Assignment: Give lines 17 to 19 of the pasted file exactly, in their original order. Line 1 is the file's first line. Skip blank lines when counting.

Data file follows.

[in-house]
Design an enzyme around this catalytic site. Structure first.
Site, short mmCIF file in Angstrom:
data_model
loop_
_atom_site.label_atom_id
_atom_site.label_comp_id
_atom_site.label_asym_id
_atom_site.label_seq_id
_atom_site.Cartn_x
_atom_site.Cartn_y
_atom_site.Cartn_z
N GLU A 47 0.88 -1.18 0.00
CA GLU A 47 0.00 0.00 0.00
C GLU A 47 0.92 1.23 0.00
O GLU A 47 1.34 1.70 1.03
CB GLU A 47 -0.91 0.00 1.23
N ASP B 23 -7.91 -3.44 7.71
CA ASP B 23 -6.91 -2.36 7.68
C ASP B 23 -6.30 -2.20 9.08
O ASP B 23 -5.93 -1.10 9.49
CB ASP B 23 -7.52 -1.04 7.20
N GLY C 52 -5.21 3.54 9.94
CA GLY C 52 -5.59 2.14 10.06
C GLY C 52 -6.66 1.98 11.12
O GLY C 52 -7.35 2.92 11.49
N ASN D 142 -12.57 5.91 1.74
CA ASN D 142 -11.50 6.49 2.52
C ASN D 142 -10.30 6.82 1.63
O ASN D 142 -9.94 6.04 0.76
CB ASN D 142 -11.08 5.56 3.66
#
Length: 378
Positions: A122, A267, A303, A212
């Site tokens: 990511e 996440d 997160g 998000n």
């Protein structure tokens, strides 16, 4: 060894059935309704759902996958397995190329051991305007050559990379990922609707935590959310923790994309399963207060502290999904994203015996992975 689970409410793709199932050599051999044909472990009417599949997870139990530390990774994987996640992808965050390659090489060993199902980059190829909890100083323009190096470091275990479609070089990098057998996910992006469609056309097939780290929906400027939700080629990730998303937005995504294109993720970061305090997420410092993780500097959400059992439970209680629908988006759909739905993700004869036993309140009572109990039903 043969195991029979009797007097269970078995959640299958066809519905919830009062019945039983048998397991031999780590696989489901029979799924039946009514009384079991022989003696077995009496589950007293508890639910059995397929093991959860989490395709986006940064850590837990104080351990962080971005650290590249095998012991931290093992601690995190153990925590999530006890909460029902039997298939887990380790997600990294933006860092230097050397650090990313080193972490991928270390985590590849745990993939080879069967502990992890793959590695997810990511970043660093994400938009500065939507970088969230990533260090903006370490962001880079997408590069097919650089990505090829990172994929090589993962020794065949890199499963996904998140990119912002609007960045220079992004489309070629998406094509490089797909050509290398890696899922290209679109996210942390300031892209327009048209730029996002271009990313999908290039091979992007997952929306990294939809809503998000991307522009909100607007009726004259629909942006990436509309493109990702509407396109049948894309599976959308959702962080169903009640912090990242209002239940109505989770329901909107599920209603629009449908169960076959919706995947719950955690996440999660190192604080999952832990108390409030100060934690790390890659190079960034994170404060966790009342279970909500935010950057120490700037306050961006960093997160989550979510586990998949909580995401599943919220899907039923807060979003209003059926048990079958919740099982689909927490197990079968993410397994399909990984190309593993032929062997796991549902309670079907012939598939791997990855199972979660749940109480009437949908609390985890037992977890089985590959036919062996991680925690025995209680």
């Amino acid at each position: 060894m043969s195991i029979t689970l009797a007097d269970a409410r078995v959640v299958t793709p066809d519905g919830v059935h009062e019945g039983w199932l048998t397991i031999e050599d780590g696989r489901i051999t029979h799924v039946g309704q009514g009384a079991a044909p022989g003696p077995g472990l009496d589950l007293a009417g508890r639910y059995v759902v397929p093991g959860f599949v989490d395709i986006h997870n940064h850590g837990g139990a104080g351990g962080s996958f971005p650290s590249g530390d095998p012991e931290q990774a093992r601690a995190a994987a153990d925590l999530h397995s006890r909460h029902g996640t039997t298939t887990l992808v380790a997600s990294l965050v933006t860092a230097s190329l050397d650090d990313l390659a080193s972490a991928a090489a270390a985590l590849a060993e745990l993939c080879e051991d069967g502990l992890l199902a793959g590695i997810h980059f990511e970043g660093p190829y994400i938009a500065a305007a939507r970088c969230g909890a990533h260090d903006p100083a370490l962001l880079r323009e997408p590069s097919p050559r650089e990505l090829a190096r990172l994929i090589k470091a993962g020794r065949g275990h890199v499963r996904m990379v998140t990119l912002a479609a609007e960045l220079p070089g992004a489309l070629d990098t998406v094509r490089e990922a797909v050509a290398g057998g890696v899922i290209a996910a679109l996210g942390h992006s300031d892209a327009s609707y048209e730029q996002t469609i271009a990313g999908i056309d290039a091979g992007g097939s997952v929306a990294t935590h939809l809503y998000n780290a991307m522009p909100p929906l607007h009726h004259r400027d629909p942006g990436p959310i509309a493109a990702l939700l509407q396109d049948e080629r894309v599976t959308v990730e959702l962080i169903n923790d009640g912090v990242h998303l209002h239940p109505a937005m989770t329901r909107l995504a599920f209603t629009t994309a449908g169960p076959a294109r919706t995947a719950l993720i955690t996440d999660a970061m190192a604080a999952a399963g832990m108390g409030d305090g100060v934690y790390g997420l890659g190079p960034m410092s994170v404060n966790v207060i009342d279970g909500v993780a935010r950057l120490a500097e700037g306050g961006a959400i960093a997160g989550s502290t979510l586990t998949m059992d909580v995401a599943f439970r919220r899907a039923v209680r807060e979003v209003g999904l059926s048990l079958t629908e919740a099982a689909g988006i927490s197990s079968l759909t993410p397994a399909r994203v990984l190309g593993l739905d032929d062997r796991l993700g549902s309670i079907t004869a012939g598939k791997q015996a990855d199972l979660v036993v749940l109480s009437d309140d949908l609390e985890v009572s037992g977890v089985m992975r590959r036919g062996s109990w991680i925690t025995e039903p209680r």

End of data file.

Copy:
CB GLU A 47 -0.91 0.00 1.23
N ASP B 23 -7.91 -3.44 7.71
CA ASP B 23 -6.91 -2.36 7.68